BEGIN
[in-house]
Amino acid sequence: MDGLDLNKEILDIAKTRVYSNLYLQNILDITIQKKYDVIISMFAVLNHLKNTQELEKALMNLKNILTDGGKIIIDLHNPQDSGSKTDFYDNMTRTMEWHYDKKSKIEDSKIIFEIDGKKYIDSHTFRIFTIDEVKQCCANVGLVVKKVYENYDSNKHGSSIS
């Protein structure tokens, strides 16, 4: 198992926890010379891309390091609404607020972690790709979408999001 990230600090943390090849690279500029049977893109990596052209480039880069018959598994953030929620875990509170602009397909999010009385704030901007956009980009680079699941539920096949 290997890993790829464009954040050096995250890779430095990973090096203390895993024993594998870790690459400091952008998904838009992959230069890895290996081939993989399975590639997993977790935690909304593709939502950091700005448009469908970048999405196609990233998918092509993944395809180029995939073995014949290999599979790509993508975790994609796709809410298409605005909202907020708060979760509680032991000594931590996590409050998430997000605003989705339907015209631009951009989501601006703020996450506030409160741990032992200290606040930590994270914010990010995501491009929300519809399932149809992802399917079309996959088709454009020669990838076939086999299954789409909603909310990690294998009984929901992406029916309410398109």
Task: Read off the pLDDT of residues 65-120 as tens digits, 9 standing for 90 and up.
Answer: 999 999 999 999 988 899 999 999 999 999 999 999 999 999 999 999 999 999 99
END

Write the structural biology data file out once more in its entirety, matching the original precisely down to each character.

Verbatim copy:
[in-house]
Amino acid sequence: MDGLDLNKEILDIAKTRVYSNLYLQNILDITIQKKYDVIISMFAVLNHLKNTQELEKALMNLKNILTDGGKIIIDLHNPQDSGSKTDFYDNMTRTMEWHYDKKSKIEDSKIIFEIDGKKYIDSHTFRIFTIDEVKQCCANVGLVVKKVYENYDSNKHGSSIS
């Protein structure tokens, strides 16, 4: 198992926890010379891309390091609404607020972690790709979408999001 990230600090943390090849690279500029049977893109990596052209480039880069018959598994953030929620875990509170602009397909999010009385704030901007956009980009680079699941539920096949 290997890993790829464009954040050096995250890779430095990973090096203390895993024993594998870790690459400091952008998904838009992959230069890895290996081939993989399975590639997993977790935690909304593709939502950091700005448009469908970048999405196609990233998918092509993944395809180029995939073995014949290999599979790509993508975790994609796709809410298409605005909202907020708060979760509680032991000594931590996590409050998430997000605003989705339907015209631009951009989501601006703020996450506030409160741990032992200290606040930590994270914010990010995501491009929300519809399932149809992802399917079309996959088709454009020669990838076939086999299954789409909603909310990690294998009984929901992406029916309410398109």
Task: Read off the pLDDT of residues 65-120 as tens digits, 9 standing for 90 and up.
Answer: 999 999 999 999 988 899 999 999 999 999 999 999 999 999 999 999 999 999 99